How to Avoid Civil War in Your Company

Half of Americans recently surveyed believe that “in the next few years, there will be civil war in the United States.” 


How would a civil war affect your company? More important, how is this shocking belief affecting it now? And what can you do about it?


Lately it’s become commonplace to hear the term “tribalism” in the media. Though it is usually in reference to our political divide, it seems the problem has grown deeper than that. Wikipedia defines politics as “the set of activities that are associated with making decisions” in groups. So if it were merely politics, we would be arguing about what should be done to better our country. Instead, it seems we’re questioning other groups’ basic rights. 


With half the country believing a civil war is imminent, some level of discord is almost certainly present in your company. How bad is it? How can you find out? And, once you do, how can you address it?


We believe that a sensitive, well-designed learning matrix offers the best start toward a solution. Training managers can help employees grow from tribes of “left” and “right” toward a unified tribe of “Your Company.” The first step is to understand the appeal of tribalism.


“[A] tribe including many members who… were always ready to aid one another, and to sacrifice themselves for the common good, would be victorious over most other tribes, and this would be natural selection.”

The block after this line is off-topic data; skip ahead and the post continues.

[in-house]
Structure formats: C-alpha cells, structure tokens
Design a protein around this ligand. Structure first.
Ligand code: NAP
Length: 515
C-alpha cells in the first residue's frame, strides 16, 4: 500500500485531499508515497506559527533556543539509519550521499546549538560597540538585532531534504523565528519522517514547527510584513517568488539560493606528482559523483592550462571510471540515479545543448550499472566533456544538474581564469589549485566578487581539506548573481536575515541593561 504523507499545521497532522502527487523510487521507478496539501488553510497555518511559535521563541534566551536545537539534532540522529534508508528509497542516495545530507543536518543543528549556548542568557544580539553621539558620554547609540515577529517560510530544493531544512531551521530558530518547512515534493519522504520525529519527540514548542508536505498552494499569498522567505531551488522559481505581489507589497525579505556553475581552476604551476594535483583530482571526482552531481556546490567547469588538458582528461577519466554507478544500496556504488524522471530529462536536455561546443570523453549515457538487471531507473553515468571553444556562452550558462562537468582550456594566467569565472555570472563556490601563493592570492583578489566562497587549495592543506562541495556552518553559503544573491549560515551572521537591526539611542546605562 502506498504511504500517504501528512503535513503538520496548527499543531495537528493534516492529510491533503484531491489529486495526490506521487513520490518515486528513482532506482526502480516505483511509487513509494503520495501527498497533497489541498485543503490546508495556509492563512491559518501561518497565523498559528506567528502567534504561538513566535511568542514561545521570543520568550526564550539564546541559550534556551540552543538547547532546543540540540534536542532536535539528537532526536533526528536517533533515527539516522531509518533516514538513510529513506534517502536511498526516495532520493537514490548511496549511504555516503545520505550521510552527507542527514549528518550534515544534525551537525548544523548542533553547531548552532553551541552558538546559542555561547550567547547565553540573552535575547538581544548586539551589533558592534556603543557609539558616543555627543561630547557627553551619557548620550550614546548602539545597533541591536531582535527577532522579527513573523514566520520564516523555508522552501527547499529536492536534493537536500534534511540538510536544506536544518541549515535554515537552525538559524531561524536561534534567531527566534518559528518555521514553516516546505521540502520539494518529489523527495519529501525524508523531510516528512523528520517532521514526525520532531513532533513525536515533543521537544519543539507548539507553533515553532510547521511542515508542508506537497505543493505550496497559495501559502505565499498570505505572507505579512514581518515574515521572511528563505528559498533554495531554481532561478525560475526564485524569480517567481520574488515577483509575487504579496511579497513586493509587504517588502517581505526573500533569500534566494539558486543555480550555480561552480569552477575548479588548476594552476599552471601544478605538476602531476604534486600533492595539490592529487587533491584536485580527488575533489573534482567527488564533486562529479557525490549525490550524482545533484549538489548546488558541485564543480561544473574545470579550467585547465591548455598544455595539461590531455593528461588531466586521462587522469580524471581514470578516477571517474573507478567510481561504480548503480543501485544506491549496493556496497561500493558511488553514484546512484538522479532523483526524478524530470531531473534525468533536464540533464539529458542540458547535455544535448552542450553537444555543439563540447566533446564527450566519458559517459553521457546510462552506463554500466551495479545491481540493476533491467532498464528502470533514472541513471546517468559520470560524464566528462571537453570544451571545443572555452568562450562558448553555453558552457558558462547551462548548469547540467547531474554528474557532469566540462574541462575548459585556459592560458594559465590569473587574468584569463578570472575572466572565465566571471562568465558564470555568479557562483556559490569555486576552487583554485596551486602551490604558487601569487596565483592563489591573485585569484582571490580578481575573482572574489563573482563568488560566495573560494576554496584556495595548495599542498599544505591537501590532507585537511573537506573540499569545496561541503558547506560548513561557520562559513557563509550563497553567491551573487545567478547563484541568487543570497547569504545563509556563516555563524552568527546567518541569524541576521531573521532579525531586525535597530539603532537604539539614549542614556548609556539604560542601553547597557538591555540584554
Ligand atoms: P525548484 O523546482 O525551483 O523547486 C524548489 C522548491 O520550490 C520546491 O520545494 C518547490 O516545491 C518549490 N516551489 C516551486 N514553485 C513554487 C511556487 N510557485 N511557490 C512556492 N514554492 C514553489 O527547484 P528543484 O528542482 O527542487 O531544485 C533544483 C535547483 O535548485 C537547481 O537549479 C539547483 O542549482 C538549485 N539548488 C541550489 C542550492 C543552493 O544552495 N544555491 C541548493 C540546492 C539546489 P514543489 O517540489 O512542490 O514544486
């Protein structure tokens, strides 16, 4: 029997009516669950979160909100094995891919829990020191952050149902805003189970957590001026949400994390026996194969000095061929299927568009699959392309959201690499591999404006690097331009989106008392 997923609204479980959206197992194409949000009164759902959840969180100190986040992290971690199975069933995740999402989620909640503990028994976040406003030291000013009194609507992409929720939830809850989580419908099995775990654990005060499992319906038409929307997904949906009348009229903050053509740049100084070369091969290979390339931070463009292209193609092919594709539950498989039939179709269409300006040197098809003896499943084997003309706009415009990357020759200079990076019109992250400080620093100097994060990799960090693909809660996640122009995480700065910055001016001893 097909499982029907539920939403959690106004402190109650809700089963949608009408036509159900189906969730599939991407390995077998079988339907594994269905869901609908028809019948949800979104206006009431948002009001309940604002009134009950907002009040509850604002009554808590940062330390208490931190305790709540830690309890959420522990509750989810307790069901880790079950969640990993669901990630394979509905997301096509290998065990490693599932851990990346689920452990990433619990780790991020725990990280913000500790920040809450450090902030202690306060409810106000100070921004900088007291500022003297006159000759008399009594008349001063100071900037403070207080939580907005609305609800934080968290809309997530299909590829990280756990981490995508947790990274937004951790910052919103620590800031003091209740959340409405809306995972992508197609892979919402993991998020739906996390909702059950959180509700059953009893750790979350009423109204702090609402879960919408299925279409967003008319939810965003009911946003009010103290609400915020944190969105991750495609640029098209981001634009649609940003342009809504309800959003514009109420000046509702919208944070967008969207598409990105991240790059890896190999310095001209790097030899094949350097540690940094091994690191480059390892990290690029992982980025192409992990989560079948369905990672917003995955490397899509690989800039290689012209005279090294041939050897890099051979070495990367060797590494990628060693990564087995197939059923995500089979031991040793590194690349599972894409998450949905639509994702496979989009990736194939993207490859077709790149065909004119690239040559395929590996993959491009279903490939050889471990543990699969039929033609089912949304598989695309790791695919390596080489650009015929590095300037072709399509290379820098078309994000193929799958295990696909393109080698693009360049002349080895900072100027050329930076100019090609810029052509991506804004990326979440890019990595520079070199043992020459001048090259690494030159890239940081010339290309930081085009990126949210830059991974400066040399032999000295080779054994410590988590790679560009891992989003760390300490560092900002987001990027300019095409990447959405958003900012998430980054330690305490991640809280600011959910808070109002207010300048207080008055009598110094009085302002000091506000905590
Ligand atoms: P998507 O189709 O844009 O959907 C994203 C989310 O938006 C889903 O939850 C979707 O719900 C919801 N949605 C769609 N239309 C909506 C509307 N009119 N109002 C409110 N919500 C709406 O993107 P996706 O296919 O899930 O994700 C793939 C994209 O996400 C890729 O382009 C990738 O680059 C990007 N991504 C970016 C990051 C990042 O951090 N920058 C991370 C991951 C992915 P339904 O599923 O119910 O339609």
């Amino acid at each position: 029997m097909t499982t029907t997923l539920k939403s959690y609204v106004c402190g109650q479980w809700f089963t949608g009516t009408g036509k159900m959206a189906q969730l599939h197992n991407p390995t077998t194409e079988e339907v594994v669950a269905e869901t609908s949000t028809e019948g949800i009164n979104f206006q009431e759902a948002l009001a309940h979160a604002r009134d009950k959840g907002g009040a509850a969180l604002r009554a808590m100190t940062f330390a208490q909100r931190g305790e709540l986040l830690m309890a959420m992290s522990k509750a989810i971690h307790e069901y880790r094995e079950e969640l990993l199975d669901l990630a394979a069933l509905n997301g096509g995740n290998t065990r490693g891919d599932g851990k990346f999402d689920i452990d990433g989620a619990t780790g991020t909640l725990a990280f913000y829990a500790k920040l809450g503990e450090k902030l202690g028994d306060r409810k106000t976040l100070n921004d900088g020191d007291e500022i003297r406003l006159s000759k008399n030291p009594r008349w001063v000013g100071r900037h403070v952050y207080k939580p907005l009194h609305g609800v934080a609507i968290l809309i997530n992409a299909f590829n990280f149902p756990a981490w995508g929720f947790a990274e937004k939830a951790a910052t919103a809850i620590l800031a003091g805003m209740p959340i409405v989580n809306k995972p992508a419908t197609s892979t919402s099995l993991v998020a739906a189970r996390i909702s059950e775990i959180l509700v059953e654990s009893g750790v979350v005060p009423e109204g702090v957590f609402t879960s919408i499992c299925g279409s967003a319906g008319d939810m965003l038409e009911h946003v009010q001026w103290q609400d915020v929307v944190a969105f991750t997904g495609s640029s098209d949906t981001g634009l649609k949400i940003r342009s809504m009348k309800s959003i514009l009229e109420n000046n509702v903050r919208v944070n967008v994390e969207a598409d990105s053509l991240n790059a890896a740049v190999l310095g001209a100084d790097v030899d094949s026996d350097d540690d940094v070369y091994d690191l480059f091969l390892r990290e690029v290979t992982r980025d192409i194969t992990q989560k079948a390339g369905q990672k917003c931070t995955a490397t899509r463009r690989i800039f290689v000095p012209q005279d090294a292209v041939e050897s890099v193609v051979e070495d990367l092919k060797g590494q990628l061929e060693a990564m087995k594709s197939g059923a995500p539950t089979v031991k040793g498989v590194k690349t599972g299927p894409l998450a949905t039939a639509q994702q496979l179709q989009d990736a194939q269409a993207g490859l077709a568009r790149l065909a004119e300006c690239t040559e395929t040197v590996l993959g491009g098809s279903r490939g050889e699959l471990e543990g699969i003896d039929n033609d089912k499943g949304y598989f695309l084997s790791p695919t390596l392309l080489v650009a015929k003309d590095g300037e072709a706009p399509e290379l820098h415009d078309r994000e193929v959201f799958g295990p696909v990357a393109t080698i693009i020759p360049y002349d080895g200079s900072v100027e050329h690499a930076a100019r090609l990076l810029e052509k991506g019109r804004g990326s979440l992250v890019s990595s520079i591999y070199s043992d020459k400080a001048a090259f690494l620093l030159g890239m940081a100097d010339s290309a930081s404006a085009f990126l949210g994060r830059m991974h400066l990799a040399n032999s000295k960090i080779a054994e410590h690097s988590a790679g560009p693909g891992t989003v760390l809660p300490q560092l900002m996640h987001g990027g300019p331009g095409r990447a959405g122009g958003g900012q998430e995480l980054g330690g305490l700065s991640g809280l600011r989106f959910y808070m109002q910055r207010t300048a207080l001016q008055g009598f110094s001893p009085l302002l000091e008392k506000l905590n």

- Charles Darwin


So this impulse derives from a need to help one’s group prevail over another group. Take away the feeling that another group is harming your well-being and you remove the value of tribalism. But should corporate trainers attempt to remove this impulse? Or do we want to redirect it?


Your company competes with others… for customers, for partners, for employees. In the quote above, Darwin mentions “the common good.” As corporate trainers, isn’t our job to make sure that employees understand their role in the common good of the company? And can we truly say that it is not our job to instill a strong sense of: “What is good for the company is good for you, as an employee”? This is the essence of performance culture.


At Circle LMS we’ve designed a learning matrix for moving employees along a spectrum of corporate engagement. The first task is to understand where they are so the process starts with gauging response to your onboarding corporate branding material. We attach to it a provocative quiz designed to identify attitudes. Then, based on the answers, further training is assigned and again, followed by a quiz designed to understand each employee’s commitment and engagement.


This method may easily be refined based on each employee’s role as detected by Circle at login. Standard courses that teach methods and standards may easily be augmented to instill company mission and values and the importance of each employee’s role in accomplishing goals.


“It is difficult to get a man to understand something when his salary depends upon his not understanding it.”

- Upton Sinclair


Or stated more positively: “It is easy to get people to give all they have when they feel bonded as a corporate tribe furthering their collective common good.”